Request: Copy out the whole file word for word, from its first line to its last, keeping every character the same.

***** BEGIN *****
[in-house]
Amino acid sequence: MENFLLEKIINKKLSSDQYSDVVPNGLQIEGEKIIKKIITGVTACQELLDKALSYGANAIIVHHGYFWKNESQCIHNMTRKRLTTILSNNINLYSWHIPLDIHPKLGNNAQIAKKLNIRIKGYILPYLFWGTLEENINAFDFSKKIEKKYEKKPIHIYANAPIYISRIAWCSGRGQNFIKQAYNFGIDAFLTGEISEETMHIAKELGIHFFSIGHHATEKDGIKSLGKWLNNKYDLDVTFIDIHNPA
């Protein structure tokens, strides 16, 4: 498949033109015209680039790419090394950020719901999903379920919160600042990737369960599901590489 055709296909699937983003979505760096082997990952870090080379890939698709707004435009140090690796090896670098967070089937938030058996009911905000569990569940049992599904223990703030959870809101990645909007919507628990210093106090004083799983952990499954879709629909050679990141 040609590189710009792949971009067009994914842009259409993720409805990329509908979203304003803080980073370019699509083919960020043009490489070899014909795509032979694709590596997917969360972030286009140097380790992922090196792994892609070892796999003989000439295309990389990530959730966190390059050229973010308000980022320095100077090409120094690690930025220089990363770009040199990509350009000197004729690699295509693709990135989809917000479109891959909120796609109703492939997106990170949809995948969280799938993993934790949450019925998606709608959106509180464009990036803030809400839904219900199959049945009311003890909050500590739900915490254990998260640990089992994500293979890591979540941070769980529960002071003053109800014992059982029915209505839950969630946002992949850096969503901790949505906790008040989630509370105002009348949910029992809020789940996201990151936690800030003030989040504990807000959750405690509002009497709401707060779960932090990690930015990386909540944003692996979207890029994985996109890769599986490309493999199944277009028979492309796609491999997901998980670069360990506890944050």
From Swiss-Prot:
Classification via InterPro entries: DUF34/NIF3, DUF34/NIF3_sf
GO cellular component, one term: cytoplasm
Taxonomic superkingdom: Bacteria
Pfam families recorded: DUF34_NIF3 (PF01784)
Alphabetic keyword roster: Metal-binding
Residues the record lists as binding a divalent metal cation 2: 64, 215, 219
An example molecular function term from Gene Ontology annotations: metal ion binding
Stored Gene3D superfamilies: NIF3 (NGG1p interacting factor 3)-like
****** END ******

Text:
[in-house]
Amino acid sequence: MENFLLEKIINKKLSSDQYSDVVPNGLQIEGEKIIKKIITGVTACQELLDKALSYGANAIIVHHGYFWKNESQCIHNMTRKRLTTILSNNINLYSWHIPLDIHPKLGNNAQIAKKLNIRIKGYILPYLFWGTLEENINAFDFSKKIEKKYEKKPIHIYANAPIYISRIAWCSGRGQNFIKQAYNFGIDAFLTGEISEETMHIAKELGIHFFSIGHHATEKDGIKSLGKWLNNKYDLDVTFIDIHNPA
């Protein structure tokens, strides 16, 4: 498949033109015209680039790419090394950020719901999903379920919160600042990737369960599901590489 055709296909699937983003979505760096082997990952870090080379890939698709707004435009140090690796090896670098967070089937938030058996009911905000569990569940049992599904223990703030959870809101990645909007919507628990210093106090004083799983952990499954879709629909050679990141 040609590189710009792949971009067009994914842009259409993720409805990329509908979203304003803080980073370019699509083919960020043009490489070899014909795509032979694709590596997917969360972030286009140097380790992922090196792994892609070892796999003989000439295309990389990530959730966190390059050229973010308000980022320095100077090409120094690690930025220089990363770009040199990509350009000197004729690699295509693709990135989809917000479109891959909120796609109703492939997106990170949809995948969280799938993993934790949450019925998606709608959106509180464009990036803030809400839904219900199959049945009311003890909050500590739900915490254990998260640990089992994500293979890591979540941070769980529960002071003053109800014992059982029915209505839950969630946002992949850096969503901790949505906790008040989630509370105002009348949910029992809020789940996201990151936690800030003030989040504990807000959750405690509002009497709401707060779960932090990690930015990386909540944003692996979207890029994985996109890769599986490309493999199944277009028979492309796609491999997901998980670069360990506890944050």
From Swiss-Prot:
Classification via InterPro entries: DUF34/NIF3, DUF34/NIF3_sf
GO cellular component, one term: cytoplasm
Taxonomic superkingdom: Bacteria
Pfam families recorded: DUF34_NIF3 (PF01784)
Alphabetic keyword roster: Metal-binding
Residues the record lists as binding a divalent metal cation 2: 64, 215, 219
An example molecular function term from Gene Ontology annotations: metal ion binding
Stored Gene3D superfamilies: NIF3 (NGG1p interacting factor 3)-like